Wednesday, 12 February 2020

Life in a refugee settlement

Two weeks of my deployment I spend in the refugee settlement Rwamwanja in Western Uganda.

Welcome to Rwamanja (photo credit Janika Tamm)
Rwamwanja settlement was established in 1964 to host refugees from Rwanda but closed in 1995 when many repatriated. The settlement was reopened in 2012 to host refugees fleeing the Democratic Republic of Congo due to violence in North and South Kivu. The settlement is hosting 71.707 refugees at the moment but is not receiving new arrivals.

Dusty town center of Rwamwanja
At first glance, Rwamanja looks like any other town in Uganda. Hairdresser, mechanics and hardware stores offer their services and products along the road. Food stalls sell Rolex, beans, pocho and chapati.
People look the same. They wear jeans and shorts, skirts, dresses and jackets like any other person from Uganda.
I notice a difference in the languages spoken, but cannot differentiate if it is the local language Runyankole, one of the Congolese languages Kinyabwisha or Swahili.

It is dusty and hot. But Rwamwanja is 1.288 m above sea level and the nights are nice and cool.

In the center of attention

The first week I stay at the Kiyombo"Resort", at the far end of Rwamwanja. It is okay, but the nights sometimes are loud, electricity is scarce, and the rooms could see a brush more often. The bathroom is improvised. By accident, I find a secret condom reservoir and I don't want to know the true purpose of the resort.
Food is every day the same and after the third day, I am getting tired of rolex breakfast already.

View from LWF guesthouse
But I am lucky. After 5 days I get to move closer to the main offices into a nice guesthouse run by LWF.
Here it is quieter, I have two lovely Japanese ladies living next to me. We are the only white people staying inside the settlement. Western officials normally prefer to stay in distant Kyenjojo or Kamwenge and use nice air-conditioned 4x4 cars to do the one hour commute to the settlement.

I like to be close to the people, however, I do feel intimidated by all the attention I get here in the settlement. But the Japanese, who have been here already for a while, take me by the hand and show me where to eat, shop and how to get around. And I feel more comfortable sharing the attention.

The downside: Getting food here is a bit more complicated. In contrast to the resort, breakfast isn't provided here and the guesthouse does not have a restaurant attached. There are only a few shops around and hence my diet mainly consists of bananas, warm coca cola and mandasi.

Piloting digital competencies 

I am in the settlement on behalf of Mondo, working with Finn Church Aid who is responsible for the education cluster within the settlement. 

Vocational Training Center run by FCA (photo credit Janika Tamm)
Mondo has developed a Digital Competencies Program which is currently piloted in Jordan, Syria, and Uganda. It targets refugees and aims to provide applicable digital skills to solve everyday problems.  Given this is the 21st century and technology is driving the future of work, digital literacy is a necessary criterion for participation in the 4th industrial revolution.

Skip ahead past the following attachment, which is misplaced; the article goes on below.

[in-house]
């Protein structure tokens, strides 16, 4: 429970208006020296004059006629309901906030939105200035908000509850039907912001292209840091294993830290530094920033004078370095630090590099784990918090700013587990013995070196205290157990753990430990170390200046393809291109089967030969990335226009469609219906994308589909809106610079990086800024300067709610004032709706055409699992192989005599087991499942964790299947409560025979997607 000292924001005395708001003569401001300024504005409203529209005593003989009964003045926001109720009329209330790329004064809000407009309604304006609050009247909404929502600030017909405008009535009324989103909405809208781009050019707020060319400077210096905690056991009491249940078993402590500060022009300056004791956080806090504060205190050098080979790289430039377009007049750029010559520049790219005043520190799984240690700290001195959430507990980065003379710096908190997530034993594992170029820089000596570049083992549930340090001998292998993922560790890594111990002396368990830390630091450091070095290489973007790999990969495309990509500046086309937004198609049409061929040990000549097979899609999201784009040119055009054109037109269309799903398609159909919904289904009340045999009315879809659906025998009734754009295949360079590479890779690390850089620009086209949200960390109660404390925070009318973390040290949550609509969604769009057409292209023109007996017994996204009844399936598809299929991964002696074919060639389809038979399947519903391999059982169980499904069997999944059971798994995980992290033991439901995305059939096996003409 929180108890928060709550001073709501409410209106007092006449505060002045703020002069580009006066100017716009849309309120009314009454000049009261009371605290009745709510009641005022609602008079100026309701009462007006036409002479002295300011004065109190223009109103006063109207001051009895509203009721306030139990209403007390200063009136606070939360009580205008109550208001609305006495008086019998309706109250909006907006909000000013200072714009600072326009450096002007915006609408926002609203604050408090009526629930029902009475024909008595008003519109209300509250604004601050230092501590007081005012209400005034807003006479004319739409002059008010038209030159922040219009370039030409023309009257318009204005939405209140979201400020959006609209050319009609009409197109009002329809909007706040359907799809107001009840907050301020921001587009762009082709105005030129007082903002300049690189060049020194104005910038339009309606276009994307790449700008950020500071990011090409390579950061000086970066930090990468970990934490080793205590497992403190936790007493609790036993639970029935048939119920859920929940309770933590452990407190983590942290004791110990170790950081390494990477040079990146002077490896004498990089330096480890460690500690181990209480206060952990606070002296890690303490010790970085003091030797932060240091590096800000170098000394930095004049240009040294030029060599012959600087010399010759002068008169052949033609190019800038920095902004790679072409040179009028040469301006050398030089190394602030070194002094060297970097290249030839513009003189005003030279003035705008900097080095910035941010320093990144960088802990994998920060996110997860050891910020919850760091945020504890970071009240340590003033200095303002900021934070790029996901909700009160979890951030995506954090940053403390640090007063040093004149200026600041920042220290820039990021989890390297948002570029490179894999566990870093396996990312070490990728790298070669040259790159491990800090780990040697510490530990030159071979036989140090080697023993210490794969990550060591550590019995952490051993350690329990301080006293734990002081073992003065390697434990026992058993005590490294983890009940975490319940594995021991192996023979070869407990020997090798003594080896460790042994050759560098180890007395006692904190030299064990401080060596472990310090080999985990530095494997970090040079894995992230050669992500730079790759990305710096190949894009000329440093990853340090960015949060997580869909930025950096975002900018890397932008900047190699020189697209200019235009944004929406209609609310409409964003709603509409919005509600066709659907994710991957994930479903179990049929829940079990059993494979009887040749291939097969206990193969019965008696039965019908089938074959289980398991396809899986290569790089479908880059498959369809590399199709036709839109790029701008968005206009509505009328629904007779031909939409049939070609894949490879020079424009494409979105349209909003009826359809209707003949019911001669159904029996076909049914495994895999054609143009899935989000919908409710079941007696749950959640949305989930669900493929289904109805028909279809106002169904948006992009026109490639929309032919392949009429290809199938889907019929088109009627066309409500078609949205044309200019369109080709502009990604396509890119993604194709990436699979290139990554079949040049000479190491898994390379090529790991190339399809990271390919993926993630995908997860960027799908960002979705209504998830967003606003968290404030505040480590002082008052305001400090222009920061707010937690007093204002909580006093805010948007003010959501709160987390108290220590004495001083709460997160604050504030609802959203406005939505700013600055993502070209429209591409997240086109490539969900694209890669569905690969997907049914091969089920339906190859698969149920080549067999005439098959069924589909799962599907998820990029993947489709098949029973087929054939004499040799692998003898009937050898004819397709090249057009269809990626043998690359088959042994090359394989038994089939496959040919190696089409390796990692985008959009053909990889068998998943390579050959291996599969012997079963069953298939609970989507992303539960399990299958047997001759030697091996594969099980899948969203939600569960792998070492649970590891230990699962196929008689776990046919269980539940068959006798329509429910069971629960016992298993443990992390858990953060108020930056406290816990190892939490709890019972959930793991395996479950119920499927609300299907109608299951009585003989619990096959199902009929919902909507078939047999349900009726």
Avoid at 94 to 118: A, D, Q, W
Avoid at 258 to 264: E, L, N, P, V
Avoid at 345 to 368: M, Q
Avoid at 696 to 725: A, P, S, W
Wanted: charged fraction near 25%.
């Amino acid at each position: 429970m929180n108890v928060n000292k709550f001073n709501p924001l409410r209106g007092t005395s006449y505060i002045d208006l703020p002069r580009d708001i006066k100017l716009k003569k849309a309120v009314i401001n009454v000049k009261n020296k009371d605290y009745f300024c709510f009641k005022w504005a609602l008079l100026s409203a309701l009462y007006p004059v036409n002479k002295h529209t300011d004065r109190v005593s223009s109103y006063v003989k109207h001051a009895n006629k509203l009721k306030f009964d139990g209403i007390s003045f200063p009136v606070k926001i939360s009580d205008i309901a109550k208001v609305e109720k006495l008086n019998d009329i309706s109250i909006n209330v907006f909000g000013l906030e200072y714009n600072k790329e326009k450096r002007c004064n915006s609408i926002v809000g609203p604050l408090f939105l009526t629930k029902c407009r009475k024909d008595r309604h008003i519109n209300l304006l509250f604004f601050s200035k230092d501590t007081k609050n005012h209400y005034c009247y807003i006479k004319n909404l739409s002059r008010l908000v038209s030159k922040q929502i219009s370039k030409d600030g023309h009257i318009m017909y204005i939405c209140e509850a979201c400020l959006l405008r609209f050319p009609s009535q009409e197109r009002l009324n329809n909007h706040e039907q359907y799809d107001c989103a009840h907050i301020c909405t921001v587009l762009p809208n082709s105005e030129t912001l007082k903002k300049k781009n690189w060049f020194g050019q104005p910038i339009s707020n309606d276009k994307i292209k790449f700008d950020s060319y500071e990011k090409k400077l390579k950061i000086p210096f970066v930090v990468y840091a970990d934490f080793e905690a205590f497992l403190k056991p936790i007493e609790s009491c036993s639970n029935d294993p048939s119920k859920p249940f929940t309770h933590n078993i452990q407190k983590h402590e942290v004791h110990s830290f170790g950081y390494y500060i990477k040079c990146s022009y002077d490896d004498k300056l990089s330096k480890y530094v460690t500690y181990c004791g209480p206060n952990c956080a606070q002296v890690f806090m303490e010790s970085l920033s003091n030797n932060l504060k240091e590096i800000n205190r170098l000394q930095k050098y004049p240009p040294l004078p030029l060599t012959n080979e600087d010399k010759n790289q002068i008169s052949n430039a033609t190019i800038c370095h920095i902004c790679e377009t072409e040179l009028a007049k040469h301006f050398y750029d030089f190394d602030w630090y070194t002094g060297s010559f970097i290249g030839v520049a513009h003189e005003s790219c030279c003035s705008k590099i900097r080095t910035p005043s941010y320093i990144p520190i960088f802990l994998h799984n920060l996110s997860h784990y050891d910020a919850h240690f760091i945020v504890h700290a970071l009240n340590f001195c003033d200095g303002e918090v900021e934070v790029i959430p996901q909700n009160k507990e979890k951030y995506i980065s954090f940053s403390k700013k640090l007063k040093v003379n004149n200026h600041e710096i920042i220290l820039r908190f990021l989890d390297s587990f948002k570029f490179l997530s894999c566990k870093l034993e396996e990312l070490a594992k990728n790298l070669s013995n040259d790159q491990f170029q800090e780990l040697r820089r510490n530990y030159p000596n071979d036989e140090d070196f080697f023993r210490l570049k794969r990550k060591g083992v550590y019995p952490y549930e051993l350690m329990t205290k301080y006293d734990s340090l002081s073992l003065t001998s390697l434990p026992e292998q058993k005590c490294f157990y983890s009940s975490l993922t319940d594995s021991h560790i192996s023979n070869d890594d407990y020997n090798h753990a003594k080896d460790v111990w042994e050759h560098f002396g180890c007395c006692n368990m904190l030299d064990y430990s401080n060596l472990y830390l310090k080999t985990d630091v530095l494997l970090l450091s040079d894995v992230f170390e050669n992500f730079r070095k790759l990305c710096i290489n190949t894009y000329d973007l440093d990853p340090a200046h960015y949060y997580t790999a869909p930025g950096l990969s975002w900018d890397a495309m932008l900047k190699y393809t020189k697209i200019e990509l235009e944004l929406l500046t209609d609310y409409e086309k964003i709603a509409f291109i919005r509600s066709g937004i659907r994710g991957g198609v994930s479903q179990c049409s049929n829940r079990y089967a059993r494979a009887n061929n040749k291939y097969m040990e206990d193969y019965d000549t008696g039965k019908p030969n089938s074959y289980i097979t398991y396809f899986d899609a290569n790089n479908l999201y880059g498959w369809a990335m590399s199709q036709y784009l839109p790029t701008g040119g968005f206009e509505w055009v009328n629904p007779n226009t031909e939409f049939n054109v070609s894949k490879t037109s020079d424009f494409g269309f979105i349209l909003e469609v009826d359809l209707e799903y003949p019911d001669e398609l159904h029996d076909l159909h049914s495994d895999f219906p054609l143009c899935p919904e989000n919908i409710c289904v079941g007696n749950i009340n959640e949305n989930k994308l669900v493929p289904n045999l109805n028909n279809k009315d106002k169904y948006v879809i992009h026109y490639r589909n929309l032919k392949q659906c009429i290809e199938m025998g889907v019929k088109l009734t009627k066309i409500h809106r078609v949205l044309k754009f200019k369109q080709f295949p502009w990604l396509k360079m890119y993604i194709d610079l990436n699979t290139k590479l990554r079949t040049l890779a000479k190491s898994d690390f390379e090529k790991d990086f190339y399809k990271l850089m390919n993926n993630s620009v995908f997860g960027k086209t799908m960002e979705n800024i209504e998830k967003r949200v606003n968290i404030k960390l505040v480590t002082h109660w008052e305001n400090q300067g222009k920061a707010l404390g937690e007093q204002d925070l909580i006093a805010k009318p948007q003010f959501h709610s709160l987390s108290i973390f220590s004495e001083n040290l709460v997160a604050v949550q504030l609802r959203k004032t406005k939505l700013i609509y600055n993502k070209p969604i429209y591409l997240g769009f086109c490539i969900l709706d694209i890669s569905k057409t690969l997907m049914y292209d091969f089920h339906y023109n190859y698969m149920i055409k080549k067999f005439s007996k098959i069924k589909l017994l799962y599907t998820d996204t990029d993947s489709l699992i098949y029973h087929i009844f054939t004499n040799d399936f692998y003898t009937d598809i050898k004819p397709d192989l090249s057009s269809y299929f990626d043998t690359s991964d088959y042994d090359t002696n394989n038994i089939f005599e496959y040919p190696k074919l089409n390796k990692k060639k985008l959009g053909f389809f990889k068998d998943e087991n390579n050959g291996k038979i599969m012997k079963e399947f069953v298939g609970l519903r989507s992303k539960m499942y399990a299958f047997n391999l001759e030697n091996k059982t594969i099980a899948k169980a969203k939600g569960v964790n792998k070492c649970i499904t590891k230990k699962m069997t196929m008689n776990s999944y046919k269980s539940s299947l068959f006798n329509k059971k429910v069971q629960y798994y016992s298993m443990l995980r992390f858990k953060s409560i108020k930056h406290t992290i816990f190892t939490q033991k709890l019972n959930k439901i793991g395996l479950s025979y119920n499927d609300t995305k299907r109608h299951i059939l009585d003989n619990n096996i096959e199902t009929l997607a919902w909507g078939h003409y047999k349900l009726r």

My task is to do a brief evaluation and get some feedback about the program from students and teachers.

The pilot started in August 2019 and roughly 250 students of a vocational training center were meant to learn everything about google tools, smartphone photography, building websites as well as data privacy and internet security in a very interactive way.

Early morning in the training center (photo credit Janika Tamm)
Teaching IT skills is generally not an easy undertaking in Uganda, which is still backward in terms of technology. (Read my article "Working with ICT in Uganda" to learn more about the challenges). And it does not get any easier in a remote refugee settlement.

  • Students speak many different languages such as French, Runyankole, Kinyabwisha, Swahili and sometimes a little English. Teachers have to make sure, every single student is able to follow and translators are needed to cover the various languages.
  • As a principle, the vocational training center does not exclude illiterate people, to give even those a chance who have failed academic education. But it requires additional time and sure instinct of the teachers.
  • Thanks to a solid solar system power is stable, but internet is rare. In a program that requires access to google and several online services, the lack of internet is a real drawback.
  • Education in Uganda is rather confrontational. It is a challenge for teachers to adapt to a more interactive style and it needs a lot of discipline not to revert to old methods and material.
In the two weeks in Rwamwanja I hear and see a lot. Things don't run smoothly, but that's why we do pilots. With some adaptions, the program has great potential. The teachers are motivated and the students eager to know everything about the world wide web and its possibilities. The findings will help to improve the performance of a full-scale project.

If we teach today what we taught yesterday, we rob the children of tomorrow.

Personally, I also learn a lot here during these two weeks: about refugee policies, the power of education, refugee settlements, resilience, development aid, living with very limited resources and the rural side of Uganda.

Rwamwanja in Western Uganda. (photo credit UNHCR)

The first day in Rwamwanja. Assistant ICT-Teacher Grace is giving a tour at the vocational training center.
Fellow EUAV Volunteer Ana joined for two days. (photo credit Janika Tamm)
In Uganda, you can't walk far without being surrounded by children

Well in the settlement 
4 days without running water. The jerry can provides water to shower, drink and flush the toilet
Beautiful setting 

To learn more about the refugee situation in Uganda, please follow below links: